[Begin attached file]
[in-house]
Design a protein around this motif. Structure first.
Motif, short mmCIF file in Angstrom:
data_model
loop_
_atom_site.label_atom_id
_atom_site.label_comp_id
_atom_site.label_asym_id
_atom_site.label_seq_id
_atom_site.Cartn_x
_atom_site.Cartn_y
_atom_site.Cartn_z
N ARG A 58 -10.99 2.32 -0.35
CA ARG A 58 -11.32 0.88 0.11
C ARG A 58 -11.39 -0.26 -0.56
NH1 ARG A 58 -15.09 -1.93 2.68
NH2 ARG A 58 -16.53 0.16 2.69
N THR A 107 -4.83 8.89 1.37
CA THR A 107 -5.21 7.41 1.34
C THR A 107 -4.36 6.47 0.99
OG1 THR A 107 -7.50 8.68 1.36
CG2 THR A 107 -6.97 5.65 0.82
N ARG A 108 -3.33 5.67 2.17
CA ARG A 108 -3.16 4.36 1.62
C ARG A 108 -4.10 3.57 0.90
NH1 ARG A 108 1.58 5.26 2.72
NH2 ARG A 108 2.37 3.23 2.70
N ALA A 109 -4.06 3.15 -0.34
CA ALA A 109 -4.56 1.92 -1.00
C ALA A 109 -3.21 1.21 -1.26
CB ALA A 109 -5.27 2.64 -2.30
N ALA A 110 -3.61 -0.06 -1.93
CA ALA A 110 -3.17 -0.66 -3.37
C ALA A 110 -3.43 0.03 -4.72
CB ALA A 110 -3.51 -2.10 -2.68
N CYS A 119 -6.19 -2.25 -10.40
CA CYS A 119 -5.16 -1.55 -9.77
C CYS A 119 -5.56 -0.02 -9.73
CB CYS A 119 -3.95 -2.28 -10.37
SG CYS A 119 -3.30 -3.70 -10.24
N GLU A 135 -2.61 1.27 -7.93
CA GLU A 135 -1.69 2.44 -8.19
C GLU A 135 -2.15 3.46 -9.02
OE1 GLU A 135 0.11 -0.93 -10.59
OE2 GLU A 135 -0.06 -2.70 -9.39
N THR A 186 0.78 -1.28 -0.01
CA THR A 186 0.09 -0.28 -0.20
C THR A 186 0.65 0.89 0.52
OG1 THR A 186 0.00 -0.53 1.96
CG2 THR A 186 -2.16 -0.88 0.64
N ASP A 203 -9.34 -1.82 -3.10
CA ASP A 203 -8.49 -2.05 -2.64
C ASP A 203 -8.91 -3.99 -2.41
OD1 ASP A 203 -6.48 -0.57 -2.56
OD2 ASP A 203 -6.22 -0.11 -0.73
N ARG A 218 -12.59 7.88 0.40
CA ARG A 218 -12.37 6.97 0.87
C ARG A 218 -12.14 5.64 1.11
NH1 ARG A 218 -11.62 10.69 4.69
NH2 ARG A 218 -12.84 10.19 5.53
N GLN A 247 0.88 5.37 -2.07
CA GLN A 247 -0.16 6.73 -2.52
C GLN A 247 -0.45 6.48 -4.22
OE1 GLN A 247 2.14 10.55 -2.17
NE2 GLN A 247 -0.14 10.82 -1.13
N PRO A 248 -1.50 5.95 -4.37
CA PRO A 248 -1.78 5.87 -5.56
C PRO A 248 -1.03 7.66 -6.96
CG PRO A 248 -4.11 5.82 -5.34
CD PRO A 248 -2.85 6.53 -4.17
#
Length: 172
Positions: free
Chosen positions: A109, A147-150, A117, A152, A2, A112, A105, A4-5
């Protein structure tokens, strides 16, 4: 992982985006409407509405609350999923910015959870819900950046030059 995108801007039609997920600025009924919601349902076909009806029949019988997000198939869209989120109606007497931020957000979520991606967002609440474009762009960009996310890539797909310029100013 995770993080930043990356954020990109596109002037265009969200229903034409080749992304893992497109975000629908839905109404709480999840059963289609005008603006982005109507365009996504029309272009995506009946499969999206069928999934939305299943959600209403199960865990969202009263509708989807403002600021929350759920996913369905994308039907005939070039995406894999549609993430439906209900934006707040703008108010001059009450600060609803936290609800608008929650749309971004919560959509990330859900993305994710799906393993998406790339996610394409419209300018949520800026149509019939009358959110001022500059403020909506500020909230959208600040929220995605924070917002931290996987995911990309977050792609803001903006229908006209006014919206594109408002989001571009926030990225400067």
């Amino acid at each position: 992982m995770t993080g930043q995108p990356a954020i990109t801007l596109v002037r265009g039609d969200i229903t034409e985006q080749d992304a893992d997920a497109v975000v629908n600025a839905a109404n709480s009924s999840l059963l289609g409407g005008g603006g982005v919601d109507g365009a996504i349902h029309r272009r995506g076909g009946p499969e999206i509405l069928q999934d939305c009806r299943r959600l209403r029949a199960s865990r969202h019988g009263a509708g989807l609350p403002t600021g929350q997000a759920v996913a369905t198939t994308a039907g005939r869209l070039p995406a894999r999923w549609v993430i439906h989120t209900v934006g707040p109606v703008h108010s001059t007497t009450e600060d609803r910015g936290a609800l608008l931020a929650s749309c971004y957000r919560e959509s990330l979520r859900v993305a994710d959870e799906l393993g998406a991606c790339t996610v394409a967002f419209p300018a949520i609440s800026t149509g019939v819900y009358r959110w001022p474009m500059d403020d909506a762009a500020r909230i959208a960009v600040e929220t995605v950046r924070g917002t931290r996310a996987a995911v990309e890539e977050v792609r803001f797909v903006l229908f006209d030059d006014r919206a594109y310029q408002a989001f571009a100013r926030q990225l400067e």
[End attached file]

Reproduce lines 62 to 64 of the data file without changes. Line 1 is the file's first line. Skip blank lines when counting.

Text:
CA GLN A 247 -0.16 6.73 -2.52
C GLN A 247 -0.45 6.48 -4.22
OE1 GLN A 247 2.14 10.55 -2.17